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How to make a video game concept or trailer for mass-market

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This has been written recently, and it is only half of the piece because the second half compares the game mentioned to another game currently in development (altho you've seen the trailer already), and I'd rather not mention it as a result. But hopefully someone will still find this valuable, because I think that somewhere down the line many game developers have spent countless hours making games only to end up with a big debt, a commercial failure, and unrealized goals due to taking a non-marketing-oriented approach and instead aiming to simply create a game concept based on abstract and often irrational principles, motivated by personal ambitions rather than commercial success. If any aspects of our industry is to be put in question, it is the motivations behind the creation of its titles. If you cannot rationalize each game-design decisions you make without first and foremost focusing on the targeted consumer's perception and reception of each of those decisions, from the gender of the protagonist to the size of the opponents to the type of environments to be created, and without using specific words such as gun, sword, demon, mutant, or tank, then you are taking a shoot-in-the-dark approach. If you can rationalize each and every of your decisions on a perception/reception, then you're taking a solid approach based on logic, observation, and reflection, instead of instinct or over-enthusiasm. Once you can rationalize the decisions behind your game concept, target trailer, or any other piece that you make to convince others in your favor, you're ready to make that concept or trailer a reality. The very process of trying to rationalize your decisions by focusing on consumer perception/reaction without using words such as sword, gun, tank, etc., will help you build stronger foundations for your production. Once all of this is done, you can decide if the protagonist wields a gun or a spear; you will already have answered the questions that need to be answered in order to make such a decision, you will already know why one direction would be preferable to another because you know what you are trying to project to the consumer and you know what the targeted consumer is seeking to experience. Perception, reception. Anyway, the above being said, here is the meat of the thread:) The idea is that your concept or trailer should be first and foremost easily understandable regardless of who sees it, ANYONE, regardless of where they are on Earth, regardless of their social background. The trailer is as follows: http://www.gametrailers.com/player/10401.html A crowd is cheering at the scene of an execution as a knight lambastes the hanged men. We see a close up shot of a man standing on the edge of a high tower, looking down onto the scene. This character's appearance is highly contrasted in color to those of the knights below, giving a clear impression that he is not part of their group, and this is also reinforced by his position, far away from the knights and the crowd's attention. Now this same character is making his way through the crowd, pushing people away in the process, and suddenly launches an attack against the executioner, injuring a few of the knights as he makes his way to his target and kills him with a strike to the neck using a blade hidden within his sleeve, only to then make his escape. We can now refer to this mysterious character as an assassin. The assassin is chased through the city's streets by knights and suddenly leaps upward by holding onto the surfaces of a building, displaying strong athletic skills, and escapes from the knights' view in the process. Suddenly the knights see him leaping from roof to roof above them and give chase once more. Finally the assassin makes his way to a church, and before the knights can kill him they lose track of him among a group of monks. End of the trailer. I can guarantee you that anyone on Earth who would watch Assassin's Creed pre-rendered trailer would be able to explain to you in words more or less what they saw. And regardless of who they are, where they live, what their social backgrounds may be, the words they would use to describe what they saw would likely be similar from one person to another and in line with the above description of the trailer. If you asked them to recite what they saw, the following words would more than likely come up: City, streets, roofs Man, men Knights, medieval Hanged men/execution Assassin, kill Sword, blade Chase Run, leap, jump, climb Church, monks, priests Using those words, lets see if we could rebuild a description of the trailer and see if it matches our own well-informed and detailed description. A man killed a knight and was then chased through the city streets, he climbed up a house and then jumped from roof to roof to get away and made his way to a church where he was helped by some priests in order to hide from the gards. The last part about the priests protecting the assassin is actually a bit confusing in the trailer; the assassin stops and looks at the knights, and the knights don't charge him for some reason. So this part of the trailer is likely to result in different interpretations from the viewers based on their own personal understanding of the scene. This is the kind of confusion that should be noticed before a concept or trailer is made public, and re-worked. But overall, the description they would give you should be accurate enough in the case of Assassin's Creed's trailer. This should be your goal when you make a concept or trailer: make it easily understandable by anyone who would see or read it, regardless of whether they are gamers or not. This is what allows all sorts of movies to fill theaters with viewers of all sorts of backgrounds; people know what to expect and as such the movie's reach is maximized to its highest potential as it is advertised across various channels. Also, ideally, forget words. Games are not movies and as such are not enjoyed for the same reasons. People all over the world saw that Assassin's Creed trailer, people in the USA, Canada, Germany, France, Spain, Japan, Korea, Brazil, Russia, and many more. If you rely on words to carry out your message, you're going to make the message itself less comprehensible to a part of your viewers. There are no discernible words in the Assassin's Creed trailer and there was no need for any; the trailer is self-explanatory. On top of that, when it comes to the core targeted audience, gamers, they can clearly imagine how the game is supposed to play. The average casual gamer's questions about the product would be answered simply through the viewing of this trailer alone. Some will look deeper, seek more info on the mechanics, but overall it is clear and simple: you play as an assassin and have athletic skills that allow you to escape after killing your target. Maybe the only additional info that could have been suggested through this trailer would have been sword to sword combat, which is present in the game but absent in the trailer. But overall, it remains a very clear trailer and the message is understood. By making the concept or trailer easy to understand for anyone, all you need to do is show it to as many people as possible. Once you have a bait on your fishing line you should seek to cast it where there is as many sorts of fish as possible rather than target a specific type of fish with a specific type of bait. You might not catch as many mackerels, but you'll have plenty more fish in the end, and in our market all types of fish sell for the same price anyway. Now go look at other game trailers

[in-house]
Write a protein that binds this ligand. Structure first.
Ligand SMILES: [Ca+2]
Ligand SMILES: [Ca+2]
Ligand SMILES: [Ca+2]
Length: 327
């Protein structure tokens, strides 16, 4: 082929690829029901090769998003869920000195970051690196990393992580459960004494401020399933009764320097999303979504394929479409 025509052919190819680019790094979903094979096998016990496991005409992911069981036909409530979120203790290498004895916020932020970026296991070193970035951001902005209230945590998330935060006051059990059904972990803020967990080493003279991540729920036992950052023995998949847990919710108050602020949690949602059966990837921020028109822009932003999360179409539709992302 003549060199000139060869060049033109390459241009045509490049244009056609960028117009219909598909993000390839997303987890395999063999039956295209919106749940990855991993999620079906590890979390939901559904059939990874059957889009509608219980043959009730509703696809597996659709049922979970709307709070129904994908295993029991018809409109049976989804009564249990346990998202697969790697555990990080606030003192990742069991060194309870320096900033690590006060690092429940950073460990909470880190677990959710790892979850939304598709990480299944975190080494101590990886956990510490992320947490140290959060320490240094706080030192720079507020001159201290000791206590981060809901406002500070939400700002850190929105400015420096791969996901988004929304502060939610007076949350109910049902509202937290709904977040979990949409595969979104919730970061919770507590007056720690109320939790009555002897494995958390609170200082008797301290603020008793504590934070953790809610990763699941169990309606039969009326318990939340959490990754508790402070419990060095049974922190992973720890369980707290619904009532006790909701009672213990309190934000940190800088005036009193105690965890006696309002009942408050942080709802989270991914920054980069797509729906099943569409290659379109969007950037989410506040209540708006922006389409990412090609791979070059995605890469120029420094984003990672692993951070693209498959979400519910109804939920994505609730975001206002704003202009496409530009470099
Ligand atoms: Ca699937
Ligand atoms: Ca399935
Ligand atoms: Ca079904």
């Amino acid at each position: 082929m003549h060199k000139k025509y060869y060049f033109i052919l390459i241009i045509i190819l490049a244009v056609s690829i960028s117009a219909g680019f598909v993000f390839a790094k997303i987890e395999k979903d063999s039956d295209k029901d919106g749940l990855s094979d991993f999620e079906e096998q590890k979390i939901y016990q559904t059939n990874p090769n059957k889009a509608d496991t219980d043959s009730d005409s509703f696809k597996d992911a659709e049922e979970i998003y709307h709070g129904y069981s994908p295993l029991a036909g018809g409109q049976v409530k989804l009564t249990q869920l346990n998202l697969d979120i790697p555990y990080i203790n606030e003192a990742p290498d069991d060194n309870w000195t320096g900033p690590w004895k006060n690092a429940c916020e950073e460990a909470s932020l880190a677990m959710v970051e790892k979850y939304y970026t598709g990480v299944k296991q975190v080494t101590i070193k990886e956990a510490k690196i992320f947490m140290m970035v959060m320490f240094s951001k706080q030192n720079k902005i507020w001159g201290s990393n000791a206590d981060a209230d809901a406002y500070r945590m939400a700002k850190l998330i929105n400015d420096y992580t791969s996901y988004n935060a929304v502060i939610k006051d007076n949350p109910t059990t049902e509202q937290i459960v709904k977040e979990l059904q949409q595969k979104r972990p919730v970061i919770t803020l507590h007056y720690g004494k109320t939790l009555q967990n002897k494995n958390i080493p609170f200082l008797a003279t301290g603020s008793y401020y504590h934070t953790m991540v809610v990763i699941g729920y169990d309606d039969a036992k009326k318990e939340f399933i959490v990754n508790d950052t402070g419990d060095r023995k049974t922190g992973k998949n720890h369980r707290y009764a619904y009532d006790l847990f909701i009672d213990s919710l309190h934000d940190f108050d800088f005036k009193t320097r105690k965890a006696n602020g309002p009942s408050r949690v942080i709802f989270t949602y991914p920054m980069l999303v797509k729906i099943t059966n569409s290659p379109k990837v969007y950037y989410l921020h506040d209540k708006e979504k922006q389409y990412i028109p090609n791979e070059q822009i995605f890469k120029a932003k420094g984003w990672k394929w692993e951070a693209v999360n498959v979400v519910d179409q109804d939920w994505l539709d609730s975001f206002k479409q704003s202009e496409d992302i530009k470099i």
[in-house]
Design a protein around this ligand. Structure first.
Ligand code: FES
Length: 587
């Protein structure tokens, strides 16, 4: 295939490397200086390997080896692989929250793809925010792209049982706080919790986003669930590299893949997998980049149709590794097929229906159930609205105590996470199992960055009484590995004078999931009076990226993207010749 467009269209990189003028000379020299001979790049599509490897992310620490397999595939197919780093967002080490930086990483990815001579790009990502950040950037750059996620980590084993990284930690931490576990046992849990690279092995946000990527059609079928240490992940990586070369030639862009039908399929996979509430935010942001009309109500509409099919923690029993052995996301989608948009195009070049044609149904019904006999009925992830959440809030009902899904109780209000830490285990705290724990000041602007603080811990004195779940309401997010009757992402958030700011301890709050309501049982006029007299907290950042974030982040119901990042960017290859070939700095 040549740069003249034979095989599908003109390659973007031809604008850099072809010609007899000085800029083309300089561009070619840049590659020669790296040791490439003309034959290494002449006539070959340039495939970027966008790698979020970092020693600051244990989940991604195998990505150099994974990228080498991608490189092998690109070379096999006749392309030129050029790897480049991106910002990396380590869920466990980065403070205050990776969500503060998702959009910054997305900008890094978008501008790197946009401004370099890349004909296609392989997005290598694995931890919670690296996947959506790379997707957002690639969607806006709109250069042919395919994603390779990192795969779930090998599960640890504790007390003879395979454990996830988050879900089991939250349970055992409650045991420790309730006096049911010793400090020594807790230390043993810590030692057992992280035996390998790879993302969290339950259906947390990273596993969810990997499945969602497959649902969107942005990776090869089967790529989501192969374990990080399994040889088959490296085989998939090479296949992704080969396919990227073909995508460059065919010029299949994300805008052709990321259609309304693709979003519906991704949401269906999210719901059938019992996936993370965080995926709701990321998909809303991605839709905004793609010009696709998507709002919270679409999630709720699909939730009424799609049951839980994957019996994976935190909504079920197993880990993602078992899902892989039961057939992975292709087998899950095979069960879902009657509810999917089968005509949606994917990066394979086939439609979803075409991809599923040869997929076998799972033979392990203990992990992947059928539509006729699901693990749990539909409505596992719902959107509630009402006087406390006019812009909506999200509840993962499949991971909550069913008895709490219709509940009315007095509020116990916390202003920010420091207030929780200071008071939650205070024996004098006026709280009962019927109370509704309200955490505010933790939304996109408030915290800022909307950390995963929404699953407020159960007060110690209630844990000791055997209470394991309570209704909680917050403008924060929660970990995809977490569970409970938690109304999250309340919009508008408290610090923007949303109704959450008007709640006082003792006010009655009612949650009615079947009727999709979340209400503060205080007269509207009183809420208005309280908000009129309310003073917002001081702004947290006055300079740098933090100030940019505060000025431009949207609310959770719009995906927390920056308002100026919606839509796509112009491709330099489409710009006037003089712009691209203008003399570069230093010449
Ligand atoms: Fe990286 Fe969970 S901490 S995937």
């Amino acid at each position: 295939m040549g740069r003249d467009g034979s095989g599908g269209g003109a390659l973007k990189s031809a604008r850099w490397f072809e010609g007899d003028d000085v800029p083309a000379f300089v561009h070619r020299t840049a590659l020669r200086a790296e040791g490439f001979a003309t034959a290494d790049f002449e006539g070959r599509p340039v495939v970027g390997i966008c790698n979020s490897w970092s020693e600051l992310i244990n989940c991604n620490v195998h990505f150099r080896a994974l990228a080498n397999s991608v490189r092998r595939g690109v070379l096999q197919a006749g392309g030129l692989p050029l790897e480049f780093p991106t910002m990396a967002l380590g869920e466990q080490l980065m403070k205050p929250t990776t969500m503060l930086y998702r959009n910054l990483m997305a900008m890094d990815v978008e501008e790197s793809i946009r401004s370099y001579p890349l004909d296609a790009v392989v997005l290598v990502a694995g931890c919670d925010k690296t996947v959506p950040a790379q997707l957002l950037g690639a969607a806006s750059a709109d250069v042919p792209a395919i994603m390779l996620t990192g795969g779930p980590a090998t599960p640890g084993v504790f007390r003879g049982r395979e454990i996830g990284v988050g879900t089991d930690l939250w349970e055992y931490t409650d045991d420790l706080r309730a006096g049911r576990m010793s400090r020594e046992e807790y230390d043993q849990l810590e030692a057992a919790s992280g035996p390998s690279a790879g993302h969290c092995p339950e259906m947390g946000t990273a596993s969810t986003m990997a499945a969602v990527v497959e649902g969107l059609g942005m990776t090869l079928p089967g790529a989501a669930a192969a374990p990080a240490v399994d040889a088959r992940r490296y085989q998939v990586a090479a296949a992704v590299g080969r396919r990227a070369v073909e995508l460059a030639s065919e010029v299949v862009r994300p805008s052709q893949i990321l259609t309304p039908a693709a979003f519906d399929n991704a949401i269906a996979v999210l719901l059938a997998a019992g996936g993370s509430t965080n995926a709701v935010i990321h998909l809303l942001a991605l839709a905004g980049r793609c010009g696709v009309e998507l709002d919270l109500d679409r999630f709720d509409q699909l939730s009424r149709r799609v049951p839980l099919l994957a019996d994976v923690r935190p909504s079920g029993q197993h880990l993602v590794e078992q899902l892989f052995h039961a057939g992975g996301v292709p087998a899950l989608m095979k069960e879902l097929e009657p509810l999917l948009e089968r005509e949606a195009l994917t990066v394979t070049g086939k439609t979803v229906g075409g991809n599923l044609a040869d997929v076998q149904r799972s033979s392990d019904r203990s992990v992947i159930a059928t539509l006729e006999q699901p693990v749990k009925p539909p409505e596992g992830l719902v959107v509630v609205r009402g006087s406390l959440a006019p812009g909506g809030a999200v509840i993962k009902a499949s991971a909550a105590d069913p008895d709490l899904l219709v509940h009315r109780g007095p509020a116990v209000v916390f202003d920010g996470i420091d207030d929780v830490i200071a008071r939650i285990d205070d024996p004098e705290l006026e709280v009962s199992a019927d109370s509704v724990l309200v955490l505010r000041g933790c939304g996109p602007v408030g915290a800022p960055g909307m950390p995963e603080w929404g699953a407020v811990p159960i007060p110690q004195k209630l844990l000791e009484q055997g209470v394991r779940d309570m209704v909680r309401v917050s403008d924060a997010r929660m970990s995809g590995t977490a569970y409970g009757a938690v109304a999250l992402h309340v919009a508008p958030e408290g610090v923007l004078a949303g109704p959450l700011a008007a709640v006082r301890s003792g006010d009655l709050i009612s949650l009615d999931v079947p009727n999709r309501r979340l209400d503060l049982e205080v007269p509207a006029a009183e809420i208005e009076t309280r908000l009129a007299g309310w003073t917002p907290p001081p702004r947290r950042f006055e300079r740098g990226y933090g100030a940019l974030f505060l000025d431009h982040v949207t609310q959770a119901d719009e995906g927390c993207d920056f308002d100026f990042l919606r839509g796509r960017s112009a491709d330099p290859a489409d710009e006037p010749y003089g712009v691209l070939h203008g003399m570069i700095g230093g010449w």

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Quote:
Original post by Ether_Snake
By making the concept or trailer easy to understand for anyone, all you need to do is show it to as many people as possible.


Actualy its hooking the audience and reeling them in - its a concept as old as the written word. Book summaries do it, movie trailers do it. Its basic marketing 101. You don't just want people to watch your trailer and understand its just about some guy who kills some other guy then gets chased...you want people to watch the trailer and shout at the top of thier lungs "I WANNA PLAY THIS GAME NOW!".


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That's an interesting read, and a valid point to some degree.

I agree with the first reply too, in that the trailer should not just explain what the game is about, but also engage the potential player in some way that would really make him want to PLAY the game he just saw.

I don't want to derail the topic, but to be honest, Assassin Creed's trailer didn't do it for me. I ended up trying, and then buying the game after liking it so much, but it had very little to do with the trailer. I think the (back)story in the game was what engaged me the most, and obviously that element is not present in the trailer. On second thought, I did _want_ to give it a try after seeing the trailer, just not enough to justify spending time/attention on yet another game instead of doing more productive things.

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What I meant tho was massmarket. You wouldn't believe the number of people who don't like video games, or don't play them often, who were attracted to the IP after seeing the trailer.

The trailer worked for gamers, and then said gamers, especially the hardcore, would look for more info (like you did). But it also worked extremely well for a mass non-gaming-oriented market. So the more you try to lure gamers, the less you bring attention from the mass non-gaming market. Yet this trailer worked well to draw them in, and gamers who wanted more info went out and go that info themselves (interviews, gameplay videos, etc.).